If you regularly bill clients, you have likely had the experience of chasing down money. It's frustrating, uncomfortable and a little intimidating. Now add in a global pandemic, climbing unemployment statistics and the amount of small businesses closing shop and suddenly, asking for what's owed to you can be downright worrisome. Let's take a step back and consider a new way of dealing with outstanding or overdue invoices, shall we?
Here are five ways to help businesses deal with unpaid client invoices during COVID-19.
Instead of hammering your clients with collections phone calls and demand letters, ask questions instead. Find out if they're experiencing new challenges as a result of the pandemic or subsequent lockdowns. Ask if they need to make changes to their agreement with you or if they require flexibility. If you can approach the client in a friendly manner, they could be more willing to meet you in the middle somewhere.
Pause or Reduce Your Services
If you can be flexible with your clients, they'll likely stick with you for as long as they can. Your services may be important to the success of their business at this time but you cannot work for free. Offer to pause or reduce your services but keep their contract active, if possible. They may need more time to pay for services you've already provided but don't want to incur more debt. Keeping them contracted with you could help guarantee they will pay over time and, just as importantly, you can retain them as a client when things balance out.
Increase Credit Limits
For those that have been loyal, solid clients, if you can afford it, you can offer an increase in their credit limit. Before pursuing this, it may be advisable to obtain a business background check (if you haven't already) just to ensure that the company is in good standing. A credit increase, discount or other incentives could be helpful so their payments to you don't get too far behind.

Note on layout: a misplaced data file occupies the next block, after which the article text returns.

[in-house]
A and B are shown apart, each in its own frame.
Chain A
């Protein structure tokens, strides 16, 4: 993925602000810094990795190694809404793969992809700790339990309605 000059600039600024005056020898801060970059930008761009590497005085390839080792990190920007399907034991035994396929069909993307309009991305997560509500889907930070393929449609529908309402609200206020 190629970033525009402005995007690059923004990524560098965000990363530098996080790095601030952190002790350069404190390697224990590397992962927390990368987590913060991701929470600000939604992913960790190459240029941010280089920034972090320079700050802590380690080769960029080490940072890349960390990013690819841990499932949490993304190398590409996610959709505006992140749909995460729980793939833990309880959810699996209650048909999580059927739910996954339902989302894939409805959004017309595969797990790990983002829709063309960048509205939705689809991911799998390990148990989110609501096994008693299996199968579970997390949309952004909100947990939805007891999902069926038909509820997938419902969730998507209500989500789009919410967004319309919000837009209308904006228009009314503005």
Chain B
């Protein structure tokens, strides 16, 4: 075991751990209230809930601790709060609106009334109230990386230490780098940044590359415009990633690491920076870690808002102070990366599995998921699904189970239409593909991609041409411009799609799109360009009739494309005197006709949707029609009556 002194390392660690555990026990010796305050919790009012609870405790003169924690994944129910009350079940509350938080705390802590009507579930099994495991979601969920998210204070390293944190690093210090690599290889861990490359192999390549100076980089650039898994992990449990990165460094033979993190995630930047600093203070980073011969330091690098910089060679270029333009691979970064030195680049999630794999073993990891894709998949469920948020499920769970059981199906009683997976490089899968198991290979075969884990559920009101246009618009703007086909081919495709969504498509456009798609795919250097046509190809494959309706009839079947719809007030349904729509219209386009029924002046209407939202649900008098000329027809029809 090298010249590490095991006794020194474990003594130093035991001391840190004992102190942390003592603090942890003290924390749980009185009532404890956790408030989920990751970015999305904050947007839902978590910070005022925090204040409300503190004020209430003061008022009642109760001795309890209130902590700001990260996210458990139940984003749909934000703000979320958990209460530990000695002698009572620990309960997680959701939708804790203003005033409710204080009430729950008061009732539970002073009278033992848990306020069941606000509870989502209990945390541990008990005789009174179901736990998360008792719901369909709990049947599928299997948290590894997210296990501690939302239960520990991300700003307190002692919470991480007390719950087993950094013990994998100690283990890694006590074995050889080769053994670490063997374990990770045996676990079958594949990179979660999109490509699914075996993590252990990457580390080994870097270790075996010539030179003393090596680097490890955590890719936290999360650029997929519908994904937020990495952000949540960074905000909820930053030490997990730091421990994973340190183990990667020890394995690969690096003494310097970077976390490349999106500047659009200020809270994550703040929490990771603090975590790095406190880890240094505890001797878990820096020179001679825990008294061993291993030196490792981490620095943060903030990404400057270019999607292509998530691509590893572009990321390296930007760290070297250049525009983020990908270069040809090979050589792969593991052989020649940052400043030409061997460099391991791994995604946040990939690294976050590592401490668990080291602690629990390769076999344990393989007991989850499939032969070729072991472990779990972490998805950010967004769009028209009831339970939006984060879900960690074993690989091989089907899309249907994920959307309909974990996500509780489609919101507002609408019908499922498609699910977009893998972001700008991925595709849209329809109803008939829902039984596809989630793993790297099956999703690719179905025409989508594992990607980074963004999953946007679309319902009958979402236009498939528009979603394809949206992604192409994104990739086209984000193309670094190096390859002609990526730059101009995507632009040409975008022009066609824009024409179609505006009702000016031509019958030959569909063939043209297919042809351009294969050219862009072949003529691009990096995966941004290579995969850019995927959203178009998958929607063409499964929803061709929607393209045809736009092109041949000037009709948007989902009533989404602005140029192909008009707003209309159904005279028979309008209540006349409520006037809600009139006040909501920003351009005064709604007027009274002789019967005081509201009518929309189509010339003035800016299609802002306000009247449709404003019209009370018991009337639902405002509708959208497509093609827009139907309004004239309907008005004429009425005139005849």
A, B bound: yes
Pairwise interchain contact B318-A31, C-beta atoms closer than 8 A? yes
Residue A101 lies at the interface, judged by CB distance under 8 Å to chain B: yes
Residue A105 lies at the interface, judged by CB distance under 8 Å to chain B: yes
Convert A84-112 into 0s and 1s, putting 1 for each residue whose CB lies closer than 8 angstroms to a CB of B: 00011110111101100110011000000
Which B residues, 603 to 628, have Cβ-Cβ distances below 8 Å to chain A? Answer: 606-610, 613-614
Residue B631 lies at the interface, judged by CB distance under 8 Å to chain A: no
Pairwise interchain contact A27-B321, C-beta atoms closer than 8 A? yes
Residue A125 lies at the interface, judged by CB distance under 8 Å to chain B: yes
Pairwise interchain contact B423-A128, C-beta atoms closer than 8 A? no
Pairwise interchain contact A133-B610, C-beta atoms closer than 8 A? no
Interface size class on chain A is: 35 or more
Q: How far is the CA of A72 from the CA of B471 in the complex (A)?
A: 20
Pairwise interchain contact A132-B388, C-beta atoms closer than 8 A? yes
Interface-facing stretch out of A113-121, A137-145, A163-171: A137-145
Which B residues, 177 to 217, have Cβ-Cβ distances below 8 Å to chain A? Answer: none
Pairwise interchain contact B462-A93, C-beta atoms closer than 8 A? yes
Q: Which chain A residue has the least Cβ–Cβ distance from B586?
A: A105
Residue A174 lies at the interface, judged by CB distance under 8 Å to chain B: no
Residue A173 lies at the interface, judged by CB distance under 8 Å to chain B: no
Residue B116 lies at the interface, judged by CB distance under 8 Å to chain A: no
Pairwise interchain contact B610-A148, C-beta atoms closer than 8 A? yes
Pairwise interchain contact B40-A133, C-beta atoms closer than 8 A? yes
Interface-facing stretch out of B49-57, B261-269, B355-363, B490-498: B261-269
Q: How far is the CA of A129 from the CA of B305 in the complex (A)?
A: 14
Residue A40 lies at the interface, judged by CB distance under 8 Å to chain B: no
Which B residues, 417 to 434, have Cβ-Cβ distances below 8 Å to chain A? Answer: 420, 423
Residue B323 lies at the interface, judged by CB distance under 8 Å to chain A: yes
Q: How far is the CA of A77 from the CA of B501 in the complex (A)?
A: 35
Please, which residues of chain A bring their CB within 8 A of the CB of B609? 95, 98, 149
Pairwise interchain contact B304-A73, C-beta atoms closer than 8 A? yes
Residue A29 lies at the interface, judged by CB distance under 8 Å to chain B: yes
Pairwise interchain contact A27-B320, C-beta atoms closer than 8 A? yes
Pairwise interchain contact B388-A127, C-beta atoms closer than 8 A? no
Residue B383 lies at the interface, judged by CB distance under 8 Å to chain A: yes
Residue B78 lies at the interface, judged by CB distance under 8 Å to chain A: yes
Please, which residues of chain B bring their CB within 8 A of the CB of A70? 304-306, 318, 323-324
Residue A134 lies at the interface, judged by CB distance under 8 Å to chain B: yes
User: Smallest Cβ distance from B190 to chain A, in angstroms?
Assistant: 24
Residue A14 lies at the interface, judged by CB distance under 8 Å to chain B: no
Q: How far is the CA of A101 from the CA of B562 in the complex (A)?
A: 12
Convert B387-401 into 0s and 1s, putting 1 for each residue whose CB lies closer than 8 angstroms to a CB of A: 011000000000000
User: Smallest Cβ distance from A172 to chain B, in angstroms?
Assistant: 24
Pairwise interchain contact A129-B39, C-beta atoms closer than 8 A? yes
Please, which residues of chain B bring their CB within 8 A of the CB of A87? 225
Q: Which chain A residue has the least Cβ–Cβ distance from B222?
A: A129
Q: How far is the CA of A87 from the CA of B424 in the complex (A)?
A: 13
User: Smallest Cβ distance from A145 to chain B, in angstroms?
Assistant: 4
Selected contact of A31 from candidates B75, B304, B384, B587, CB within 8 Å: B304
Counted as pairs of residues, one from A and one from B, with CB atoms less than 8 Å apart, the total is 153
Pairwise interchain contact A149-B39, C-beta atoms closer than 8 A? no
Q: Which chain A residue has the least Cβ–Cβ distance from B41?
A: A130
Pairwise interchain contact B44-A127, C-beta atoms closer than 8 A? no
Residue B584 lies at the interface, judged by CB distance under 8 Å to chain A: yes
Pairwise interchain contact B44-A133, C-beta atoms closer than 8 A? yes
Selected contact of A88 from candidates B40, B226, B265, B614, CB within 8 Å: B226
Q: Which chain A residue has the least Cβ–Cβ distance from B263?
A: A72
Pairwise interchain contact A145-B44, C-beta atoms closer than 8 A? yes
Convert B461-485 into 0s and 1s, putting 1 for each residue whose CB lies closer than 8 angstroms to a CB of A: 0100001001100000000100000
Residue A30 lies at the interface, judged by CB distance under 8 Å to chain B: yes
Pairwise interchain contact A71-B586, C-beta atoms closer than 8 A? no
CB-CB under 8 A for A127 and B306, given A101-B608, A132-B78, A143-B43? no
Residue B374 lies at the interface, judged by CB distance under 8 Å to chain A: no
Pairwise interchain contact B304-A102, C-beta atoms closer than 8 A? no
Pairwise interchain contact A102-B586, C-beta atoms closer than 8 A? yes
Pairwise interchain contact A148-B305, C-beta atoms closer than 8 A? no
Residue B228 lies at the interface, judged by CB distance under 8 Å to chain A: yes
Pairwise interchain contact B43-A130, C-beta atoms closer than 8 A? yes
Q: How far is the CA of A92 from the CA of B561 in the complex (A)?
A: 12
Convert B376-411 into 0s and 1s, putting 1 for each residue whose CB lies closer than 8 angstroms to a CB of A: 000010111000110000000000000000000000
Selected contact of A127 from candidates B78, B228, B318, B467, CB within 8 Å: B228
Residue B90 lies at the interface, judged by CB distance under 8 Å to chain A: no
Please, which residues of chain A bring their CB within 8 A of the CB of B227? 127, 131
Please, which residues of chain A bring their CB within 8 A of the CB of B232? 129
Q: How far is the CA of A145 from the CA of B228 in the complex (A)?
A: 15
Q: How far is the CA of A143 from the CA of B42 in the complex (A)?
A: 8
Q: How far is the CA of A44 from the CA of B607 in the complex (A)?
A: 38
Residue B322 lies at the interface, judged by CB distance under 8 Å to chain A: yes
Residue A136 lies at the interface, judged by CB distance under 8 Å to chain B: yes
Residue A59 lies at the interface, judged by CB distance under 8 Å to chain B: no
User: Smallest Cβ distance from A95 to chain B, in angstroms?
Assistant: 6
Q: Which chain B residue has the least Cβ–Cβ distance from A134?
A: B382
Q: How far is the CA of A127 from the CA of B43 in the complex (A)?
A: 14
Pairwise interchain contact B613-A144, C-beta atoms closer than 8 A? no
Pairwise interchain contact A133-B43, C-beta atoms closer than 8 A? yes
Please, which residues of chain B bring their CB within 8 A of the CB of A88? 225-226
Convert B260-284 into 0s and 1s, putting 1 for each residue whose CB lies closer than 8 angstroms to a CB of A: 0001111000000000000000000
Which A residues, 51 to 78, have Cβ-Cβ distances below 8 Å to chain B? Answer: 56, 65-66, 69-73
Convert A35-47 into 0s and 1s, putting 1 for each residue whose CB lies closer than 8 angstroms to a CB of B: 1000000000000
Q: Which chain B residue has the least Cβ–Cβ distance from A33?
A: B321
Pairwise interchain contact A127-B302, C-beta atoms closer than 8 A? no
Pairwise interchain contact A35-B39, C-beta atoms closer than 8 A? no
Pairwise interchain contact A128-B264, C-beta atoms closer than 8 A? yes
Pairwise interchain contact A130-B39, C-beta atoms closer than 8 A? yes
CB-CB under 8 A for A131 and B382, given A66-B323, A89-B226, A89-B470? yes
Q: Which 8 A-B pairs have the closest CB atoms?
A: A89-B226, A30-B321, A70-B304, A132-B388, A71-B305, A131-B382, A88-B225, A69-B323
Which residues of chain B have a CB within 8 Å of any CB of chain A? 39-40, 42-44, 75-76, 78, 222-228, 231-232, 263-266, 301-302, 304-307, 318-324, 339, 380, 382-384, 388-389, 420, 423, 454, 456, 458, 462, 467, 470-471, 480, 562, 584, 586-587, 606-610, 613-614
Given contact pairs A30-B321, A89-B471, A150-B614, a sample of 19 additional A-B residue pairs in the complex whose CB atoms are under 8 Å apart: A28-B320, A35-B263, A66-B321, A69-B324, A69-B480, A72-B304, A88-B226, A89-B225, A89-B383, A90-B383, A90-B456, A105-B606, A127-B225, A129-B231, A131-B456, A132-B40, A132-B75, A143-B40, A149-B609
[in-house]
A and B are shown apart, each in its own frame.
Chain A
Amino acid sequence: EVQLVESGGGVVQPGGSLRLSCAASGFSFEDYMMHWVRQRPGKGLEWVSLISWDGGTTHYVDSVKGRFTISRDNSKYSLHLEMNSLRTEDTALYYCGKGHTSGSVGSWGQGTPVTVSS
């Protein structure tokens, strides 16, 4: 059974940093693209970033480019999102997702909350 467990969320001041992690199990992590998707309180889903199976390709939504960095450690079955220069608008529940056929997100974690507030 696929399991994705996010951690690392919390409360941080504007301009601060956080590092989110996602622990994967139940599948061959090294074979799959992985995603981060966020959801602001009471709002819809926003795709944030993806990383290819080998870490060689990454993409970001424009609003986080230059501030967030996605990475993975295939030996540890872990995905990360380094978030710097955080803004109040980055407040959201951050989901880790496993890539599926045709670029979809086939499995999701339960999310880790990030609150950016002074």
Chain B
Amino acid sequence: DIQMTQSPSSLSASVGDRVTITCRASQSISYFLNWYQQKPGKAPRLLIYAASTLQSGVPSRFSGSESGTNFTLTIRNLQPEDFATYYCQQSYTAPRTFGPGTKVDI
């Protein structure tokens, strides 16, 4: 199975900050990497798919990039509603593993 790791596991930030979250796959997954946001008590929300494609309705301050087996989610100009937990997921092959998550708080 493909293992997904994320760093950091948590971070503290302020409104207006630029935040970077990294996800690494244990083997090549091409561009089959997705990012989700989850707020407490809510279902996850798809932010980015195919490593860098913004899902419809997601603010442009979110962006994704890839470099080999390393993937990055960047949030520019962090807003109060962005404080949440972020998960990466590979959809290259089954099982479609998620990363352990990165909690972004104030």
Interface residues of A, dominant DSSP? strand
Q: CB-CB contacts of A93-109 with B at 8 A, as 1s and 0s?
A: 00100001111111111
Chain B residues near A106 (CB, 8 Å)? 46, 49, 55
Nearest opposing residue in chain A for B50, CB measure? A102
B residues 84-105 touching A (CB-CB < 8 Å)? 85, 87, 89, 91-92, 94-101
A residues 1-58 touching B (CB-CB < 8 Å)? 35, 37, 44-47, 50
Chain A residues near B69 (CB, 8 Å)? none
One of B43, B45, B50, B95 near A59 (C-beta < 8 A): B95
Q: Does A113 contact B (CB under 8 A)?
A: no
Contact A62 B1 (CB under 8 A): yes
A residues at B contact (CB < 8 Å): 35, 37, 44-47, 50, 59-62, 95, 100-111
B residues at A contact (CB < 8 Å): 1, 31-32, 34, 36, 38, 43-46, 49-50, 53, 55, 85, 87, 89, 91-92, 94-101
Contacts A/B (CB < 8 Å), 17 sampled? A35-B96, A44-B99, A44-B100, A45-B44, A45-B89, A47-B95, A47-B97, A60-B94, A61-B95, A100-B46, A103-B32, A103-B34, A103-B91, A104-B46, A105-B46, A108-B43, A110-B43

Be Understanding & Patient
You can offer kindness and patience to your clients who are struggling right now. If they are being especially quiet or non-responsive, reach out to them via a friendly reminder notice. (Download a sample letter specifically for COVID-19 collections here.) Give them the opportunity to explain their situation and make alternative arrangements with your business. When your clients see you as approachable and understanding, they could be willing to make payments over time or negotiate another solution to resolve their debt to you.
Get Professional Help
If you don't have the time or resources to deal with unpaid, overdue or outstanding invoices during COVID-19, there is an option. Maybe your business is also struggling to pay expenses and debts. If this applies to you, it could be time to get professional help. Here's what that could look like:
Assistance with outstanding invoices - For those invoices that haven't yet come due or low priority invoices that are past due, an accounts receivable clean-up may be helpful for following up and boosting cash flow.
Bad debt collections - For invoices that have been written off or are more than 45 - 60 days past due, third party collections will do due diligence to collect payment or else you owe nothing.
Legal review and litigation - For accounts that are refusing to pay or are non-responsive, you may have legal recourse. A professional legal team can review your case and help you take the client to court.
A recent survey of businesses in Europe have revealed that there are large increases in unpaid invoices due to the COVID-19 pandemic. You don't have to be a statistic. Try these five new ways of dealing with unpaid invoices and retain your positive business and client relationships too.